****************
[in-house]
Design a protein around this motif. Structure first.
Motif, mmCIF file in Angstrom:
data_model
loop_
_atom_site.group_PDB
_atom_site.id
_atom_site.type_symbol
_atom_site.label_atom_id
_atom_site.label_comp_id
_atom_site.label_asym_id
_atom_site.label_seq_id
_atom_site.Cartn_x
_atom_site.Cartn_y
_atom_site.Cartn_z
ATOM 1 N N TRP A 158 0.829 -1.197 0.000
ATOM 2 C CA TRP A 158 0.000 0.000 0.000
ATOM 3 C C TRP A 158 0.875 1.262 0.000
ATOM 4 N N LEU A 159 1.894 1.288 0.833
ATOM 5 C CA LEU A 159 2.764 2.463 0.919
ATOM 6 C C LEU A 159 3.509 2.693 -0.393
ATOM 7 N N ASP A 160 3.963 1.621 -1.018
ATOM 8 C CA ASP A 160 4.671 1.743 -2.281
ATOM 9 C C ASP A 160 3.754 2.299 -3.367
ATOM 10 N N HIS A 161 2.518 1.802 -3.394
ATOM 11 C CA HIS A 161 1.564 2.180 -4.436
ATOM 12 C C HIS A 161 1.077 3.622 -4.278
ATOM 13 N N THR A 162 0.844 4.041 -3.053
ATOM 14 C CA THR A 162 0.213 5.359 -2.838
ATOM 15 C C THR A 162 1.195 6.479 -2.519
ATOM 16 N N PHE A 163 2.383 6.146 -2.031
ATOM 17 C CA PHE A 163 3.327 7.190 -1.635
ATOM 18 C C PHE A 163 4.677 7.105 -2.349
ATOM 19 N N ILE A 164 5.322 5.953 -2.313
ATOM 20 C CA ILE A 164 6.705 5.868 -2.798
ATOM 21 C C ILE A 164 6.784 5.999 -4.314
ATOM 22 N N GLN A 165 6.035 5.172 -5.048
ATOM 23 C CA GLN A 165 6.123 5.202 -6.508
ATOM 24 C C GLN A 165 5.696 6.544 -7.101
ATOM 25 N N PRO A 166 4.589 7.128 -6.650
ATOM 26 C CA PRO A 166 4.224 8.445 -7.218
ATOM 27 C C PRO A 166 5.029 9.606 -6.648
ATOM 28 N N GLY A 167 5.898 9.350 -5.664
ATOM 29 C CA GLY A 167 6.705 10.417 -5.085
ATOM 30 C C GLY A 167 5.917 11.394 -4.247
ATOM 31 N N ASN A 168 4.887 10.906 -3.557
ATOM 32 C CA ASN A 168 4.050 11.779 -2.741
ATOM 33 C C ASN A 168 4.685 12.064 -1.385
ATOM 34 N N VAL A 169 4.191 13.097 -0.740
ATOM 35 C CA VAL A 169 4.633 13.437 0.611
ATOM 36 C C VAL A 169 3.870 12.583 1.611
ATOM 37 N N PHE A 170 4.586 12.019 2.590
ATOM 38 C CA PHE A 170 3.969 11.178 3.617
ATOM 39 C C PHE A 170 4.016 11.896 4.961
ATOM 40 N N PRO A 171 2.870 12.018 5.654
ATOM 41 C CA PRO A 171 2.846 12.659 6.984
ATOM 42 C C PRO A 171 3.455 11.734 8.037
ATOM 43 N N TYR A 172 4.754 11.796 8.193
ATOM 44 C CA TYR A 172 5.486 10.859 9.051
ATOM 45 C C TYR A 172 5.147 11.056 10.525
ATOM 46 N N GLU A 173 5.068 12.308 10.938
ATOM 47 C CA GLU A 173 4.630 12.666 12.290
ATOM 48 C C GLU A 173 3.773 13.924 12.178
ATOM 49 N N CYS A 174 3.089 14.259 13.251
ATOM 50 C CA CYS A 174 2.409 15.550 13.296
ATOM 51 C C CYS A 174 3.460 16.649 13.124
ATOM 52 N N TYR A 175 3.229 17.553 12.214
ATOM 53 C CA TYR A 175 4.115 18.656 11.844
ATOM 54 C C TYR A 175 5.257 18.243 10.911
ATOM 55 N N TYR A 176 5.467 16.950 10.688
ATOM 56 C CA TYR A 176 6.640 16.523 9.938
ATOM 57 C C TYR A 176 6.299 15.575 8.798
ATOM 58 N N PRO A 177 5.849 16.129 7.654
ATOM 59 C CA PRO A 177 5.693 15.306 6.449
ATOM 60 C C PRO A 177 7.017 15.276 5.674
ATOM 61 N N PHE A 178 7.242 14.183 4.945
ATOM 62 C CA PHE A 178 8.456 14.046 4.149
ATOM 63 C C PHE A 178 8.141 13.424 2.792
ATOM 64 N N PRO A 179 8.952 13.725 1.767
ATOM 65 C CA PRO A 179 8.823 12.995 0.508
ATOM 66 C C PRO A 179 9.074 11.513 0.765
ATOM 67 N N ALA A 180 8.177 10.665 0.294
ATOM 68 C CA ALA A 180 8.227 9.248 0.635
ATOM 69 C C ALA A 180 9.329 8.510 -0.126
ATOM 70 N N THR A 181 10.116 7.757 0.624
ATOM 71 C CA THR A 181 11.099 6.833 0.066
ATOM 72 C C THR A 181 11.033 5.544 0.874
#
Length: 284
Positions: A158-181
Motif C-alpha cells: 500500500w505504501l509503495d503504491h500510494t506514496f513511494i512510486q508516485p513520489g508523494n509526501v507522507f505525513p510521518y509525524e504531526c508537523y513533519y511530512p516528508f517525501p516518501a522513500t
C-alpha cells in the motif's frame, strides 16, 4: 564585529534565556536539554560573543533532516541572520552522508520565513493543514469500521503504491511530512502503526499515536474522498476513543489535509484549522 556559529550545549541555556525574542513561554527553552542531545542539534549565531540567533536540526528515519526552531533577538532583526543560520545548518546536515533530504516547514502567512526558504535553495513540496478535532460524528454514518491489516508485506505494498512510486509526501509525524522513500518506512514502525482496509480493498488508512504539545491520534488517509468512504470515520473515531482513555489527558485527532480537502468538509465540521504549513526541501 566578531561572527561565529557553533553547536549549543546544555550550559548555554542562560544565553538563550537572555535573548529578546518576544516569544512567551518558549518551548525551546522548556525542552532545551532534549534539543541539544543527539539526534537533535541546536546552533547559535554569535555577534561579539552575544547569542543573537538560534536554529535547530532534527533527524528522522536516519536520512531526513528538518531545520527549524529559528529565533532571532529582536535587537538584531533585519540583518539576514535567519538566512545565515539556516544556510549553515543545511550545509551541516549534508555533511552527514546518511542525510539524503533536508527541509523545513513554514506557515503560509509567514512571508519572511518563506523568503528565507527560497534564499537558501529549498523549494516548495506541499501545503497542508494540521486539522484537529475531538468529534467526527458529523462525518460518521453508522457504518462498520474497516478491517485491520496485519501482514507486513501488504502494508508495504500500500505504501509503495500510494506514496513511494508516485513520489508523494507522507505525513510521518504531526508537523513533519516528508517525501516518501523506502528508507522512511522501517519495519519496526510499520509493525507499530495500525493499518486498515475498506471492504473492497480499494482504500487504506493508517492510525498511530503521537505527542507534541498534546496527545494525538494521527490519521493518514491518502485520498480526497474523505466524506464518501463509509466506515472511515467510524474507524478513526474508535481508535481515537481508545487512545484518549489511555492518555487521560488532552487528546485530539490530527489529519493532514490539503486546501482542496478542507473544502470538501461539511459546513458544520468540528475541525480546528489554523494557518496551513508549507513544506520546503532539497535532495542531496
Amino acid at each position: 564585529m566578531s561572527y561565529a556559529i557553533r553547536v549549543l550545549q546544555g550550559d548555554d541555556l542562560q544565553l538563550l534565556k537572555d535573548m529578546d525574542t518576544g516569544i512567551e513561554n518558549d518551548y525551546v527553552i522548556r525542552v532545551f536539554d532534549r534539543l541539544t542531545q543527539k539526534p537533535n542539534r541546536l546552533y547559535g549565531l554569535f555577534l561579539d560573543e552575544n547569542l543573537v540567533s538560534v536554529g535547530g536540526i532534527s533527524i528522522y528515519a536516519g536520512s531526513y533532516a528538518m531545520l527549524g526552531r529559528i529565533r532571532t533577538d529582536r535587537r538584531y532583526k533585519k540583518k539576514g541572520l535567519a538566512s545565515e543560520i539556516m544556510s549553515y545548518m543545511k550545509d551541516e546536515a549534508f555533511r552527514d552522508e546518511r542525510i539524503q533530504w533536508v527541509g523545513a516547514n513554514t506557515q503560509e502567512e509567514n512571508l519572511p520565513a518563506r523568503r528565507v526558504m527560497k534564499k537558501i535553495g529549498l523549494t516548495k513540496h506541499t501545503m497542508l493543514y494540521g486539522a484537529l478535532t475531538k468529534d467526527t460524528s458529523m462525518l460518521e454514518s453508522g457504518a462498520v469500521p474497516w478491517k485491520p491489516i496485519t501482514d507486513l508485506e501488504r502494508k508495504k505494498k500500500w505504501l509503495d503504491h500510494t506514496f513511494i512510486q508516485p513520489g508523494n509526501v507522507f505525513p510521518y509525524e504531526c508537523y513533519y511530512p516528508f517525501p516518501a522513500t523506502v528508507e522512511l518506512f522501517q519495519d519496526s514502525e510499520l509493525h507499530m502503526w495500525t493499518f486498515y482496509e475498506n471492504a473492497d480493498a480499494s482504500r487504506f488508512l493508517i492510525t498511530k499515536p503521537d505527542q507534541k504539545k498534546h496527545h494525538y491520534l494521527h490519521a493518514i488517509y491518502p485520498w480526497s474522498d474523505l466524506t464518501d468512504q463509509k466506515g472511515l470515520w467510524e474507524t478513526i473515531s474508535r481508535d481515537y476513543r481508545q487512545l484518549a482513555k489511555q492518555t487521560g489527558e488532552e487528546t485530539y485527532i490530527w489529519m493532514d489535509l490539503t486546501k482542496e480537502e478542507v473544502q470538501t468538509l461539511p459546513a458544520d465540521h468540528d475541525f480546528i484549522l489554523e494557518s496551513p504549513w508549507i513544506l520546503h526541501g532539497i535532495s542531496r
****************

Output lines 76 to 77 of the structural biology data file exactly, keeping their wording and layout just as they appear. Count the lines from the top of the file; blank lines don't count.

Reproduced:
ATOM 61 N N PHE A 178 7.242 14.183 4.945
ATOM 62 C CA PHE A 178 8.456 14.046 4.149